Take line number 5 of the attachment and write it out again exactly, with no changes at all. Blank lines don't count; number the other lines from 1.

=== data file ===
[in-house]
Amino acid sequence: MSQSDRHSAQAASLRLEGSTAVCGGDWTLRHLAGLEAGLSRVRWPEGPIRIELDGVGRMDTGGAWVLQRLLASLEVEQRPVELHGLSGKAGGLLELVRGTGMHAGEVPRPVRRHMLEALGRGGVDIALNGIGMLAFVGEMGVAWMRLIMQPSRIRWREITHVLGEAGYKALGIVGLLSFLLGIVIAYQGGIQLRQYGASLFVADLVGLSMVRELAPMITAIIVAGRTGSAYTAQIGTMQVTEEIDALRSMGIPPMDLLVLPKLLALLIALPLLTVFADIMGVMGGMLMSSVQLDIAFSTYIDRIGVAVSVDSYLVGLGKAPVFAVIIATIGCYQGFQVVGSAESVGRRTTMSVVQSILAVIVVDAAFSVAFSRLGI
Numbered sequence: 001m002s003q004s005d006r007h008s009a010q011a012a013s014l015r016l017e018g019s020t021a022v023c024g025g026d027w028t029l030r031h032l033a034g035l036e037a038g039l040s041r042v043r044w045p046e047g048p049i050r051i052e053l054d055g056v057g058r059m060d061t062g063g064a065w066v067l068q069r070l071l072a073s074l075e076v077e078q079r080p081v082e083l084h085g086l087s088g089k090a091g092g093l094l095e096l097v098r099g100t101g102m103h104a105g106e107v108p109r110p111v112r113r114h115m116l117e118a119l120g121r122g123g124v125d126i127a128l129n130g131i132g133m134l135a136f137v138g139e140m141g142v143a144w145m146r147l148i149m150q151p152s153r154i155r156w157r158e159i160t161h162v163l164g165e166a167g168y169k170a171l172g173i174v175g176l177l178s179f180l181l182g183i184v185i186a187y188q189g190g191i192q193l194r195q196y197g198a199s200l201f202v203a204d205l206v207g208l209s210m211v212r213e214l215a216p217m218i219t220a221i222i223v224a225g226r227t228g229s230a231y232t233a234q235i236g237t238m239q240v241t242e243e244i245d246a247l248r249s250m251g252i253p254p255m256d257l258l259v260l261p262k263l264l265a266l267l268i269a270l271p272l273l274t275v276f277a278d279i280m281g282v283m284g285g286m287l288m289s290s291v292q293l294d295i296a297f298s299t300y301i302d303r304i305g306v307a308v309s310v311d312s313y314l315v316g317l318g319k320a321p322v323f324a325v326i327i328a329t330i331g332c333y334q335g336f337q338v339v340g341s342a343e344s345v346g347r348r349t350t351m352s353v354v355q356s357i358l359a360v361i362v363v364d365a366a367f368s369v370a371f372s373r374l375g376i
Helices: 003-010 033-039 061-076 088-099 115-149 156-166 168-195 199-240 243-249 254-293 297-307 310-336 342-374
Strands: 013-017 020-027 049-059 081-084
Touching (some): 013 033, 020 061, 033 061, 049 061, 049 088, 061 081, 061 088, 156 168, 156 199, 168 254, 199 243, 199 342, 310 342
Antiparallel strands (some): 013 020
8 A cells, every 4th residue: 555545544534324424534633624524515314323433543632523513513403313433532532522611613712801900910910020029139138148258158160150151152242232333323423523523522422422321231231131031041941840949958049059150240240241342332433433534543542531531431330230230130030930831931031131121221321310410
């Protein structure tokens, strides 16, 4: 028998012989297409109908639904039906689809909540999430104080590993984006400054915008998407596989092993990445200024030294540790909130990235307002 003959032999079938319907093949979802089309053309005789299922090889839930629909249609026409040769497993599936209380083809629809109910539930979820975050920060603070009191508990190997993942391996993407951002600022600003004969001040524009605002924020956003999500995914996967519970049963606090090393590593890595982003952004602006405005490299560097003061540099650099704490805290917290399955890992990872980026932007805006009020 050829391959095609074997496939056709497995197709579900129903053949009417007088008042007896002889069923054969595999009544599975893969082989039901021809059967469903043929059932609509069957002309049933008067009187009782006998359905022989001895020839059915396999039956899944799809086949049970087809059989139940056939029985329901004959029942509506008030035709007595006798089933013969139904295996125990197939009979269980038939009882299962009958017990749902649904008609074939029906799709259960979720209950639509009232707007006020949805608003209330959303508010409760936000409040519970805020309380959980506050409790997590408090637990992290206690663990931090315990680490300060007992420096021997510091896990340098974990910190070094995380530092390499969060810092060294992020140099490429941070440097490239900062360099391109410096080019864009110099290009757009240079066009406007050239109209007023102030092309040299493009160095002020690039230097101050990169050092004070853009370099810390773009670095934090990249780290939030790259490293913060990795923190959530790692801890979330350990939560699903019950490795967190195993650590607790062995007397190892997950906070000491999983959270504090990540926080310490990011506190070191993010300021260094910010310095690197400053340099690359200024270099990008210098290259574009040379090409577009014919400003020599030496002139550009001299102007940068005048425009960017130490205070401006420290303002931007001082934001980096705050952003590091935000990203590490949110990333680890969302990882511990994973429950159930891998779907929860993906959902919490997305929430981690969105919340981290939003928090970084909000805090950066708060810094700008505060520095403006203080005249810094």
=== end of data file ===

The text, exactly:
Strands: 013-017 020-027 049-059 081-084